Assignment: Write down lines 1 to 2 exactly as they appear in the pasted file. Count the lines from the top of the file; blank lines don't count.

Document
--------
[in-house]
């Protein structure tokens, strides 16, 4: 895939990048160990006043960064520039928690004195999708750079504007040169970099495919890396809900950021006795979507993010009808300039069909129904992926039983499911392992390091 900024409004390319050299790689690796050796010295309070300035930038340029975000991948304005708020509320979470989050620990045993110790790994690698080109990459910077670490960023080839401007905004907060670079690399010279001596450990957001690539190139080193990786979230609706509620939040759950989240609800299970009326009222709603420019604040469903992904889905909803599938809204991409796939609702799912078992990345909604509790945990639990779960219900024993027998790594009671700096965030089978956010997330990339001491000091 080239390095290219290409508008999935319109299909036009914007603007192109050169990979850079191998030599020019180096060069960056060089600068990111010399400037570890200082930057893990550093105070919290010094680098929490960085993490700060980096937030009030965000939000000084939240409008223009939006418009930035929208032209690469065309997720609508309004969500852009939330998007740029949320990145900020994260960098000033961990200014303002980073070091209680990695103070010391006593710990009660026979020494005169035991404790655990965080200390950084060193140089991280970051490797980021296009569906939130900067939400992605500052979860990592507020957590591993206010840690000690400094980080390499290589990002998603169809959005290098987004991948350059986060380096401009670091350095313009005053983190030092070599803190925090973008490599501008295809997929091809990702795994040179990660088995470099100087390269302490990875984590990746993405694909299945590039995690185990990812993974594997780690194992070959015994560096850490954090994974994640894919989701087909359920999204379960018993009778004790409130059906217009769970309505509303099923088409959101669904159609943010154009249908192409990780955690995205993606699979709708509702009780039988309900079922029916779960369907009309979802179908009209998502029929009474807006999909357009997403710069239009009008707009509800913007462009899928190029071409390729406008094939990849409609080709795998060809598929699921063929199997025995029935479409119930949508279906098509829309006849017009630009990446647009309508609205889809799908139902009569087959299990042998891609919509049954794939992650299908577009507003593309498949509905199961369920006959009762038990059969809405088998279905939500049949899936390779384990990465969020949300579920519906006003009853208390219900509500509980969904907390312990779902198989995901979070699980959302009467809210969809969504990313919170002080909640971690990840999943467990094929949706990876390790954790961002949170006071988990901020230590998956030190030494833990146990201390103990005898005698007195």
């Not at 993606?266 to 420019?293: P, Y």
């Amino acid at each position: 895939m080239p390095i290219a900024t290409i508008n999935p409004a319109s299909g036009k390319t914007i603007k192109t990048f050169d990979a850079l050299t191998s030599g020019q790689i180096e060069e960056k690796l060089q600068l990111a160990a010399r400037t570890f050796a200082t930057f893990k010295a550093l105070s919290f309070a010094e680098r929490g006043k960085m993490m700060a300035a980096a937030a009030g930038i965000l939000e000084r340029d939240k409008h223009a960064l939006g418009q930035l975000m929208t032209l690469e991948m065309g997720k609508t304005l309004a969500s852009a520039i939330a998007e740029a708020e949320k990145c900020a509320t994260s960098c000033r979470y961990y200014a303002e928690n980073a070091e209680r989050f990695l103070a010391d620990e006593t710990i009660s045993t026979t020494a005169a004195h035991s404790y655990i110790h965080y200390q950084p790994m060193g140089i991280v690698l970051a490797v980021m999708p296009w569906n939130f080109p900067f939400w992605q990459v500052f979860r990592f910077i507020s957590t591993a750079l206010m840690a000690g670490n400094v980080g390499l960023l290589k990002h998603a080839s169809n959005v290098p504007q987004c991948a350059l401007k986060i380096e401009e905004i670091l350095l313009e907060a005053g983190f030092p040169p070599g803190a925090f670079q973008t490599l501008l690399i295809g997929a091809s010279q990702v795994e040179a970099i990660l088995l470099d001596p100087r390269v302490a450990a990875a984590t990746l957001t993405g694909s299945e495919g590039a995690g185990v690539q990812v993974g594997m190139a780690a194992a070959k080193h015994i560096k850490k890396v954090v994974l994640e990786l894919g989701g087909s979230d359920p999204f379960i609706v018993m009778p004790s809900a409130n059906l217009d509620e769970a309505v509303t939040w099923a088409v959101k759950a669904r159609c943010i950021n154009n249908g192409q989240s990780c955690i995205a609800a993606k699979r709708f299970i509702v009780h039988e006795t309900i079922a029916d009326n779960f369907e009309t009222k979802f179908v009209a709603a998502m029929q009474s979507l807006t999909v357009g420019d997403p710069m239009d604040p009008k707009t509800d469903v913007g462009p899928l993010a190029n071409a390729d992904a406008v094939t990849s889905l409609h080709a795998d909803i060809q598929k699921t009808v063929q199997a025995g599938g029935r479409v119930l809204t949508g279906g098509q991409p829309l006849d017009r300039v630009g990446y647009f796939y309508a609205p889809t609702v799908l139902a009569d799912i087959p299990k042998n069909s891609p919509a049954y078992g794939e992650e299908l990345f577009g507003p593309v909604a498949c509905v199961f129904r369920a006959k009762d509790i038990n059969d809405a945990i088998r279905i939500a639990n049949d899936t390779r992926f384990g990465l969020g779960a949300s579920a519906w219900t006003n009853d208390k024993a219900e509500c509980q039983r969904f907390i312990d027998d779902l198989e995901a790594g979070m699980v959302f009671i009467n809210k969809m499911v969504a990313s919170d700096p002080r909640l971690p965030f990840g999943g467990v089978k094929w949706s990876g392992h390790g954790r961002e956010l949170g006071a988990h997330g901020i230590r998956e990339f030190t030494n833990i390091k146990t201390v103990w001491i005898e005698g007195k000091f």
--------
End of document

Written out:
[in-house]
């Protein structure tokens, strides 16, 4: 895939990048160990006043960064520039928690004195999708750079504007040169970099495919890396809900950021006795979507993010009808300039069909129904992926039983499911392992390091 900024409004390319050299790689690796050796010295309070300035930038340029975000991948304005708020509320979470989050620990045993110790790994690698080109990459910077670490960023080839401007905004907060670079690399010279001596450990957001690539190139080193990786979230609706509620939040759950989240609800299970009326009222709603420019604040469903992904889905909803599938809204991409796939609702799912078992990345909604509790945990639990779960219900024993027998790594009671700096965030089978956010997330990339001491000091 080239390095290219290409508008999935319109299909036009914007603007192109050169990979850079191998030599020019180096060069960056060089600068990111010399400037570890200082930057893990550093105070919290010094680098929490960085993490700060980096937030009030965000939000000084939240409008223009939006418009930035929208032209690469065309997720609508309004969500852009939330998007740029949320990145900020994260960098000033961990200014303002980073070091209680990695103070010391006593710990009660026979020494005169035991404790655990965080200390950084060193140089991280970051490797980021296009569906939130900067939400992605500052979860990592507020957590591993206010840690000690400094980080390499290589990002998603169809959005290098987004991948350059986060380096401009670091350095313009005053983190030092070599803190925090973008490599501008295809997929091809990702795994040179990660088995470099100087390269302490990875984590990746993405694909299945590039995690185990990812993974594997780690194992070959015994560096850490954090994974994640894919989701087909359920999204379960018993009778004790409130059906217009769970309505509303099923088409959101669904159609943010154009249908192409990780955690995205993606699979709708509702009780039988309900079922029916779960369907009309979802179908009209998502029929009474807006999909357009997403710069239009009008707009509800913007462009899928190029071409390729406008094939990849409609080709795998060809598929699921063929199997025995029935479409119930949508279906098509829309006849017009630009990446647009309508609205889809799908139902009569087959299990042998891609919509049954794939992650299908577009507003593309498949509905199961369920006959009762038990059969809405088998279905939500049949899936390779384990990465969020949300579920519906006003009853208390219900509500509980969904907390312990779902198989995901979070699980959302009467809210969809969504990313919170002080909640971690990840999943467990094929949706990876390790954790961002949170006071988990901020230590998956030190030494833990146990201390103990005898005698007195």